Re: [patch] document flash/RAID dangers

From: Pavel Machek
Date: Sun Aug 30 2009 - 02:49:29 EST

On Wed 2009-08-26 08:37:09, Theodore Tso wrote:
> On Wed, Aug 26, 2009 at 01:25:36PM +0200, Pavel Machek wrote:
> > > you just plain cannot count on writes that are in flight when a powerfail
> > > happens to do predictable things, let alone what you consider sane or
> > > proper.
> >
> > From what I see, this kind of failure is rather harder to reproduce
> > than the software problems. And at least SGI machines were designed to
> > avoid this...
> >
> > Anyway, I'd like to hear from ext3 people... what happens on read
> > errors in journal? That's what you'd expect to see in situation above.
> On a power failure, what normally happens is that the random garbage
> gets written into the disk drive's last dying gasp, since the memory
> starts going insane and sends garbage to the disk. So the disk
> successfully completes the write, but the sector contains garbage.
> Since HDD's tend to be last thing to die, being less sensitive to
> voltage drops than the memory or DMA controller, my experience is that
> you don't get a read error after the system comes up, you just get
> garbage written into the journal.
> The ext3 journalling code waits until all of the journal code is
> written, and only then writes the commit block. On restart, we look
> for the last valid commit block. So if the power failure is before we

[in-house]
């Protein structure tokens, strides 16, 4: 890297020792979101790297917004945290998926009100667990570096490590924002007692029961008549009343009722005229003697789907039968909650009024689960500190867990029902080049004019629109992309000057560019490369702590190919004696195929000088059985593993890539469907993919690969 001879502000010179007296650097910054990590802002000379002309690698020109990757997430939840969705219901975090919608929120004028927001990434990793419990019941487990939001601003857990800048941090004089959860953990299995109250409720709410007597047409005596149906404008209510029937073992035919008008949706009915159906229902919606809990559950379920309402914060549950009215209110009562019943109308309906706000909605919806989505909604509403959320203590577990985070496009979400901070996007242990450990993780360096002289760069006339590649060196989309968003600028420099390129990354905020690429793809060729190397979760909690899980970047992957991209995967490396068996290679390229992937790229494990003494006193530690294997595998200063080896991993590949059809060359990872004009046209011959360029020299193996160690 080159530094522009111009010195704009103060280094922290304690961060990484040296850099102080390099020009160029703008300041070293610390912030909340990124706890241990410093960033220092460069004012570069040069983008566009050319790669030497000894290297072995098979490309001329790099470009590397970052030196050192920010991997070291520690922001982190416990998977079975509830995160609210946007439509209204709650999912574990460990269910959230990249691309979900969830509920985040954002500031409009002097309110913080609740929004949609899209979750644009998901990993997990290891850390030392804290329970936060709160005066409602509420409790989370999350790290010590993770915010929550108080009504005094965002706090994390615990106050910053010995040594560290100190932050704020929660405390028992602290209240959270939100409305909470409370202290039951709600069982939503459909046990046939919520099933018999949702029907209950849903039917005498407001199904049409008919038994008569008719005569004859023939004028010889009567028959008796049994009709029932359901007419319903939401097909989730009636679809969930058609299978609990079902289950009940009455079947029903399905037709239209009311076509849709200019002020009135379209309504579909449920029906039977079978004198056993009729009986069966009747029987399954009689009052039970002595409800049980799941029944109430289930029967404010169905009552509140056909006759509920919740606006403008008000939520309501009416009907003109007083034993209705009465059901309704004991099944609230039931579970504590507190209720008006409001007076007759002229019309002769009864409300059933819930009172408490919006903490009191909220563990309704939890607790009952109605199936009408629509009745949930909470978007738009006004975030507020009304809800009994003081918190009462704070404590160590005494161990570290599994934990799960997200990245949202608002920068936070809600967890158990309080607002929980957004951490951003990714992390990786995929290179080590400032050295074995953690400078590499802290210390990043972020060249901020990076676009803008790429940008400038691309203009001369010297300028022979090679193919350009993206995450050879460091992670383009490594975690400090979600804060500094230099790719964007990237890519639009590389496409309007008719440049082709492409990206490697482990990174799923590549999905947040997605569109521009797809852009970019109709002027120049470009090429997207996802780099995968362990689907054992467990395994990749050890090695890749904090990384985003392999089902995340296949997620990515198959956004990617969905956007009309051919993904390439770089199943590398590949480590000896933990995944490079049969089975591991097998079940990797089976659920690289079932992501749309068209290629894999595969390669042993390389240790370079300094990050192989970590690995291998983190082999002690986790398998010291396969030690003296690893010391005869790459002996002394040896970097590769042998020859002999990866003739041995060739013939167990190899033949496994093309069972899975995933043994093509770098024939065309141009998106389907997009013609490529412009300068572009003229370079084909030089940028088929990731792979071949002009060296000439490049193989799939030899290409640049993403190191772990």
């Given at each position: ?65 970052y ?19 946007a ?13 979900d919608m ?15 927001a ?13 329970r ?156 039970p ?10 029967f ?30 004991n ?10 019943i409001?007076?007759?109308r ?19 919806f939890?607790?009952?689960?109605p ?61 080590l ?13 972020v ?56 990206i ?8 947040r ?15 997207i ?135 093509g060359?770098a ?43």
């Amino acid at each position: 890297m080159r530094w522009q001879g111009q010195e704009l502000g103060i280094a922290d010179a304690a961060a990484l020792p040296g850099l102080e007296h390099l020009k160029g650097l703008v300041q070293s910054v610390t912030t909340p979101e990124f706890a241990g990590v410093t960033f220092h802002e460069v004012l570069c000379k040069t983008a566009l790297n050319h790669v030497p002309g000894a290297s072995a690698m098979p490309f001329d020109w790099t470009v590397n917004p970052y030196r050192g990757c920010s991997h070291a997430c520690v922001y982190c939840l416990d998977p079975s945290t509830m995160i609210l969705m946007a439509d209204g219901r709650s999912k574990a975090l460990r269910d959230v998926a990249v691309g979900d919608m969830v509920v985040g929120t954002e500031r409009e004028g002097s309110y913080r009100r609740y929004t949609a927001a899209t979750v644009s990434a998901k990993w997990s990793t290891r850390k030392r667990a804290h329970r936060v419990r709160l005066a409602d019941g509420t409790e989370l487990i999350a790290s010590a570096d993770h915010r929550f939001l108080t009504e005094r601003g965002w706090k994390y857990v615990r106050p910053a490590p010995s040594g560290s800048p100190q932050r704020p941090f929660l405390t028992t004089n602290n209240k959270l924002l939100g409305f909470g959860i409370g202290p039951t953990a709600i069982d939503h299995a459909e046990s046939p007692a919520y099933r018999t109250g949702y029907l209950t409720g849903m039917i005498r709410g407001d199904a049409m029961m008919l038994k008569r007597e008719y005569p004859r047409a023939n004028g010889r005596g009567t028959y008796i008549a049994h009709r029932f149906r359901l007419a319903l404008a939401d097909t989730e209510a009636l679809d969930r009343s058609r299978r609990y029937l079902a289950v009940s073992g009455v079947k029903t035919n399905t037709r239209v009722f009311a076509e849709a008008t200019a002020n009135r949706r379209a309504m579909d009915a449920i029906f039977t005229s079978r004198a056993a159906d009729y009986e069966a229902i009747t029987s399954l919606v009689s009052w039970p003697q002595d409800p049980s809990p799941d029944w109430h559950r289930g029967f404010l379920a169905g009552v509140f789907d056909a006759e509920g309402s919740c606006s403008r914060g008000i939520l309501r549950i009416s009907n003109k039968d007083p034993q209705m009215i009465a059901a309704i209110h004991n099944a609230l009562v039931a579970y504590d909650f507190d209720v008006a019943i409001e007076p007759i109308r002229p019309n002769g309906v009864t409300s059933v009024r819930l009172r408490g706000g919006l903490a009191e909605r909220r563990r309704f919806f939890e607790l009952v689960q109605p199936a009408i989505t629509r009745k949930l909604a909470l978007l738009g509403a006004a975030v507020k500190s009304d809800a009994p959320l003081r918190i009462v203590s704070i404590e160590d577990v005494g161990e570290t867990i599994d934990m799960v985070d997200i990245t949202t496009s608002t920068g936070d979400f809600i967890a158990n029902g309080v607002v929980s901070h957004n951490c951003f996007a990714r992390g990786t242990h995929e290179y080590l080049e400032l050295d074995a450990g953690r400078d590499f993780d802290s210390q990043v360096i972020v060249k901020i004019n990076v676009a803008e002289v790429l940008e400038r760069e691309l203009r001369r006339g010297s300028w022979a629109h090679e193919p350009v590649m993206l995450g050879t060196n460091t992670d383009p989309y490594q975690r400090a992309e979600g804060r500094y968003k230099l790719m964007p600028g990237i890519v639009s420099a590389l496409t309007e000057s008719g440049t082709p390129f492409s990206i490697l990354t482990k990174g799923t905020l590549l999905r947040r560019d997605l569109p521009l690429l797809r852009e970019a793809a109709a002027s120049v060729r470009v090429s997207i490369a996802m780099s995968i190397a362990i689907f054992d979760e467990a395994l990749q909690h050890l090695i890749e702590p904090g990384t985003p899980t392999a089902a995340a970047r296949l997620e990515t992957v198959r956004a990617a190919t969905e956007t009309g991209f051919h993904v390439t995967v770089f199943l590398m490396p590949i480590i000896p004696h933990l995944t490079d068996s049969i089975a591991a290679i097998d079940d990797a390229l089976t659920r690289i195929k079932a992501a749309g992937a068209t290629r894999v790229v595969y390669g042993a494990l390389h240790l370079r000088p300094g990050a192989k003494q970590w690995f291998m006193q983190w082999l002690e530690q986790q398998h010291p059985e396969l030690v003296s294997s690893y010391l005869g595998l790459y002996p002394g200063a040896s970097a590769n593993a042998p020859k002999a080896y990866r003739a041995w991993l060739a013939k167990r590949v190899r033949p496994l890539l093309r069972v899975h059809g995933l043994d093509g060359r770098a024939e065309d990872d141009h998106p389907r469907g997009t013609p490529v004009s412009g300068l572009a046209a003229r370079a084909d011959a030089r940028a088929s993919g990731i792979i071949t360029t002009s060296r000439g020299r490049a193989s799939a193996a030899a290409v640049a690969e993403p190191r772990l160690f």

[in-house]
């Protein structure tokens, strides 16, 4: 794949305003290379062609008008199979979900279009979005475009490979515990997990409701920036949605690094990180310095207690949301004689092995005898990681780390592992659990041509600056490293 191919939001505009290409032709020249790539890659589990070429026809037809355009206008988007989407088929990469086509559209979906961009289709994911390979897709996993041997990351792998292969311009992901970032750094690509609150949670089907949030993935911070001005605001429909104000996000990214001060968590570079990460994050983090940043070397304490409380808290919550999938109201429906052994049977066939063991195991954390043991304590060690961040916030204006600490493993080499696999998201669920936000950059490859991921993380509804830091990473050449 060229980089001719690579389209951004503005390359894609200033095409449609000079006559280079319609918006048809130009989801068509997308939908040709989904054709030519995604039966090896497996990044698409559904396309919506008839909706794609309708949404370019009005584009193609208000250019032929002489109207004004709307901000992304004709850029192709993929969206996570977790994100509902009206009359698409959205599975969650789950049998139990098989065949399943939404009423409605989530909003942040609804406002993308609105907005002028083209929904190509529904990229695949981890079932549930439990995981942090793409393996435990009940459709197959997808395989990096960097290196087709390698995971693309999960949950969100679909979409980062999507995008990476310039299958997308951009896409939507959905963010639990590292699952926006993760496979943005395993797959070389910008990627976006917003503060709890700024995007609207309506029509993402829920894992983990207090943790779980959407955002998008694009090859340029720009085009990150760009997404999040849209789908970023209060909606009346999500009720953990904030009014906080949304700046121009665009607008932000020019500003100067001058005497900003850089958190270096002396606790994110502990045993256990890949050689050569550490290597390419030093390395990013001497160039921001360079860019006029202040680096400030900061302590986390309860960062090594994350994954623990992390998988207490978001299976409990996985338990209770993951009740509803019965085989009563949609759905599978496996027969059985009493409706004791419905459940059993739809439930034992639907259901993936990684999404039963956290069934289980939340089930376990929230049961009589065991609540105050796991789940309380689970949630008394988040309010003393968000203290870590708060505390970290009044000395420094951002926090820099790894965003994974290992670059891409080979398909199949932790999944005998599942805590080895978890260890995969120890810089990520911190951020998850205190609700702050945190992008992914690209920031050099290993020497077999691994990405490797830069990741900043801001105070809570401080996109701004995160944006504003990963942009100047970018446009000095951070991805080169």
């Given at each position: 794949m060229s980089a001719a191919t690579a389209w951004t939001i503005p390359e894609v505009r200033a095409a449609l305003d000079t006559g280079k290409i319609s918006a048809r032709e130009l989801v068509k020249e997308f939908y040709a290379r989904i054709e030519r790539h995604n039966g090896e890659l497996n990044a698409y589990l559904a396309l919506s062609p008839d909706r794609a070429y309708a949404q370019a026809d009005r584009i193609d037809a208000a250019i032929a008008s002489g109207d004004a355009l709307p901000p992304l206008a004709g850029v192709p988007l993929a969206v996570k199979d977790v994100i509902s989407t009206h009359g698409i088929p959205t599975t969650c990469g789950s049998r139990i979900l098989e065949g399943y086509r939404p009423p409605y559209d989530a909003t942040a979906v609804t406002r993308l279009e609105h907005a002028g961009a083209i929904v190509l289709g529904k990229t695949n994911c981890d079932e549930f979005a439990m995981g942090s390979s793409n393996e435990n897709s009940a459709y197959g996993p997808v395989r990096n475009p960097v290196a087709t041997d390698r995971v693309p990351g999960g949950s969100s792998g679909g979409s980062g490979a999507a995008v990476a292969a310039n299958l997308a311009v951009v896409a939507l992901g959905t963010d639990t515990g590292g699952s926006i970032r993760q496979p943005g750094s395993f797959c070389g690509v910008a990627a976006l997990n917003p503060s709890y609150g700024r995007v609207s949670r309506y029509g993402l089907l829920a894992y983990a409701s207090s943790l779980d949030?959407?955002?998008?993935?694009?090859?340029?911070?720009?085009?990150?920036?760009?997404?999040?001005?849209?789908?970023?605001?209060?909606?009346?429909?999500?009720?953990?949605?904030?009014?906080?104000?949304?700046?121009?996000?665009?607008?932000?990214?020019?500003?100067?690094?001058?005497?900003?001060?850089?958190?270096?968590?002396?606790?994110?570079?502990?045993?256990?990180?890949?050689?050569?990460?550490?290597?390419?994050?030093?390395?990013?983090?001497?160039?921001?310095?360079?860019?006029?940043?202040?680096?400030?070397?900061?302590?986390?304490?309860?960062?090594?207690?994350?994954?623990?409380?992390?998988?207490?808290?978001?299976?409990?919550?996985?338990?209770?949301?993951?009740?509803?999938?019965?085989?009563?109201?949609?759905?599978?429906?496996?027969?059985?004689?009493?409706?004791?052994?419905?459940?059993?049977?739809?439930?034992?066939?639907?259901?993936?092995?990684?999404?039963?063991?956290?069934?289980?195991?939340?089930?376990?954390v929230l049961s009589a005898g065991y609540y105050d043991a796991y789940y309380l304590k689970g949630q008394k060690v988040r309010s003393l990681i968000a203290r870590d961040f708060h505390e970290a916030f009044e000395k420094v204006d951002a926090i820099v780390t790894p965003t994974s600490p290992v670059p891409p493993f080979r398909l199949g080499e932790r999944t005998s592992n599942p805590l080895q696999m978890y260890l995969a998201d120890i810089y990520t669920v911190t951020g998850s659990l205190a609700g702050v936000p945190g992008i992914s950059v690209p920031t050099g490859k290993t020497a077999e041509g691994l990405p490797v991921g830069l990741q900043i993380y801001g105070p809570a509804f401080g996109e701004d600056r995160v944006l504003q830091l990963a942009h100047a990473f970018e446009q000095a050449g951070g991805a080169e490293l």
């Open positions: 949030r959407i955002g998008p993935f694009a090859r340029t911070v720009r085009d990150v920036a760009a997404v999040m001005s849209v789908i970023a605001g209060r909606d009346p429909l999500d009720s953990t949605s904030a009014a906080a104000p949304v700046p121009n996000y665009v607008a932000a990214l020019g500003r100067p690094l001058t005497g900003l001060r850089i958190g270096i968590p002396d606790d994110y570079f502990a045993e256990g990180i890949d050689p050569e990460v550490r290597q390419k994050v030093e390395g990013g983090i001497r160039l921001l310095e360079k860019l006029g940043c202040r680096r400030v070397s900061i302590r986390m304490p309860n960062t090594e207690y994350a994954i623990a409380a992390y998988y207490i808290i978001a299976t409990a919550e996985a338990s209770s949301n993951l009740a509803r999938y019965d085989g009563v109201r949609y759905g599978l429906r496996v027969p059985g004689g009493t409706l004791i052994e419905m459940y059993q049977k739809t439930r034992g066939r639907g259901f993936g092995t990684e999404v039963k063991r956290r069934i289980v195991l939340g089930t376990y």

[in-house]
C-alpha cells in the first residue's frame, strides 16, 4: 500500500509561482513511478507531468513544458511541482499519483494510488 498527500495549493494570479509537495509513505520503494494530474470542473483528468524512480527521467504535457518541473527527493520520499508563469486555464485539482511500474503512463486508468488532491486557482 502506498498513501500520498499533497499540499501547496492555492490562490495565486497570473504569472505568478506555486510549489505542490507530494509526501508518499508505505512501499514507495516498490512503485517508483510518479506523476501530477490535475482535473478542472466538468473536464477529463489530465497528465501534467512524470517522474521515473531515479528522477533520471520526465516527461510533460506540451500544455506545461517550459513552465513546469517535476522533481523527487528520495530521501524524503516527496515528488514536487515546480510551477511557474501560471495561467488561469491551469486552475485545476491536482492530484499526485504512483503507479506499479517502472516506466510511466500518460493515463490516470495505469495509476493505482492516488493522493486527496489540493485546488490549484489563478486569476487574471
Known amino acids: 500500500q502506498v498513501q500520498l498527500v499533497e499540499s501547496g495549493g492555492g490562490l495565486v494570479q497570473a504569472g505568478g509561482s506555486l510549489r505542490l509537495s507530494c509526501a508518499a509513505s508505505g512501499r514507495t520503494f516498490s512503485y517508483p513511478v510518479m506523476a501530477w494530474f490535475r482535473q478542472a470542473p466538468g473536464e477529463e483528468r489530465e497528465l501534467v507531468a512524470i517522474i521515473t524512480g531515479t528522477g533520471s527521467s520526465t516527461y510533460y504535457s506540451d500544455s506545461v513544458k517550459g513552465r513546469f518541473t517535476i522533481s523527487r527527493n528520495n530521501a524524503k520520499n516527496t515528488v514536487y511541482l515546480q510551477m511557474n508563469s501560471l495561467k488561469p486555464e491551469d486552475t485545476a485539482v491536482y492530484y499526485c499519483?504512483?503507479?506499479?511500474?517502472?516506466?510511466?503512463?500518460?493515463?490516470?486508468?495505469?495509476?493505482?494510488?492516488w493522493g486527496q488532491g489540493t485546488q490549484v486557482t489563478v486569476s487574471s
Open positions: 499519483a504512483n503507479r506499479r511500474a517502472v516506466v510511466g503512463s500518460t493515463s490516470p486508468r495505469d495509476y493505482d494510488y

> write the commit block, we replay the journal up until the previous
> commit block. If the power failure is while we are writing the commit
> block, garbage will be written out instead of the commit block, and so
> it falls back to the previous case.
> We do not allow any updates to the filesystem metadata to take place
> until the commit block has been written; therefore the filesystem
> stays consistent.

Ok, cool.

> If there the journal *does* develop read errors, then fsck will
> require a manual fsck, and so the boot operation will get stopped so a
> system administrator can provide manual intervention. The best bet
> for the sysadmin is to replay as much of the journal she can, and then
> let fsck fix any resulting filesystem inconsistencies. In practice,

...and that should result in consistent fs with no data loss, because
read error is essentialy the same as garbage given back, right?, this is significant difference from logical-logging
filesystems, no?

Should this go to Documentation/, somewhere?

(cesky, pictures)
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